Thursday, September 3, 2009

9/11...the day that keeps on killing

Besides the conservative estimates of over 1 million, and counting, dying a premature death from the US military excursions since 9/11, first responders continue to die from the toxic air at ground zero where they worked. Larry Silverstein collected his billions in insurance from the pre-planned controlled demolishing of his asbestos and toxin laden, essentially worthless, death trap buildings but no one seems to want to help those who did the cleanup and search for bodies and now are paying for it with their lives.

Congress is saying "It costs too much" and "You can't prove it was it was the toxic smoke and dust that caused your sickness and deaths anyway."

"I have the same passion for human life that I had for the Cash for Clunkers and bailouts for banks." 

You have to help us President Obama
Widows and survivors of 9/11 are demanding President Obama stand with sick responders - and champion a stalled congressional measure to help them.

Named after NYPD Detective James Zadroga, who died from inhaling toxins, the bill would pay for the treatment of Ground Zero responders and workers sickened by their post-Sept. 11 service.

But it's been stuck in Congress over fears about its cost.

After eight years, the people who responded to the worst terror attacks on American soil are getting tired of waiting while more of them die, and have written Obama demanding he act.

"Their deaths have left a void in our families and have left us wondering why our country, and you, Mr. President, have not done more to help the heroes of 9/11," the letter says.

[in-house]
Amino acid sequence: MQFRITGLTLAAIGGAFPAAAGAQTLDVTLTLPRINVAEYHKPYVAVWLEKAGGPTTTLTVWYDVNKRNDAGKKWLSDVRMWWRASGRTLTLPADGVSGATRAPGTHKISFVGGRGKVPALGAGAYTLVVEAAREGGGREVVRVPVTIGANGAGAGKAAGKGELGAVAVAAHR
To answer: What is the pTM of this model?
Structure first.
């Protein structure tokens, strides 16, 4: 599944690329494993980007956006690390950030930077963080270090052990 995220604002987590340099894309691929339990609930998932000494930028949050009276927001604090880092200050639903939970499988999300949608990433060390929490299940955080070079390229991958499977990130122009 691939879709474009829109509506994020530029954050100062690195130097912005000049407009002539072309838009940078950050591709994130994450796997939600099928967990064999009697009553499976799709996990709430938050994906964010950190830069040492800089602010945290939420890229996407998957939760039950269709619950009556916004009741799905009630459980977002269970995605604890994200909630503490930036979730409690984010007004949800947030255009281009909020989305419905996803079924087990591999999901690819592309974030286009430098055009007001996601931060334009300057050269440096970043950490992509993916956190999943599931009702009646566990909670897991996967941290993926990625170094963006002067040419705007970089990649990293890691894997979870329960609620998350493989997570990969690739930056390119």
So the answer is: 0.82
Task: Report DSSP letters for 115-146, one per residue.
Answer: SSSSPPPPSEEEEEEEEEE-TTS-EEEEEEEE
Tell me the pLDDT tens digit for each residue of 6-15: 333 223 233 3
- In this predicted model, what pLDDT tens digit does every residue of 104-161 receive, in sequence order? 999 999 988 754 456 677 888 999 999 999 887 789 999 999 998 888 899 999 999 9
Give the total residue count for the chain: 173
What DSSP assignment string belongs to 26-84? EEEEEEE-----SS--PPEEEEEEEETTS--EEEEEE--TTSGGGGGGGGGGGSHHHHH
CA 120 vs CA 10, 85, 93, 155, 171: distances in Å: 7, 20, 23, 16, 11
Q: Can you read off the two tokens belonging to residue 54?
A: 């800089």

The President, it notes, backed the legislation as a senator running for the White House.
"Since that time, we have heard nothing from you on this issue, and we are deeply disappointed," the letter adds.

The White House made no promises on Wednesday, but pointed out Obama signed into law a national day of service to honor 9/11.

"The President deeply supports our 9/11 heroes and their families and he met with several families earlier this year to offer his condolences and ensure they had an open line of communication to the White House," a spokeswoman said.

Construction worker John Feal, a signer of the letter who lost half of his left foot at Ground Zero, said he hasn't heard back, but he's more concerned about the legislation moving.

"I voted for the guy," said Feal. "I don't want it to be lip service. I want him to have the same passion for human life that he had for Cash for Clunkers and bailouts for banks."

Sponsors of the bill in the House had hoped to have it passed in time for next week's grim anniversary.

1 comment:

  1. That money is needed to prop up AIG and make sure the Goldman Sachs bankers get multi-billion dollar bonuses.

    The Casino must be saved at all costs.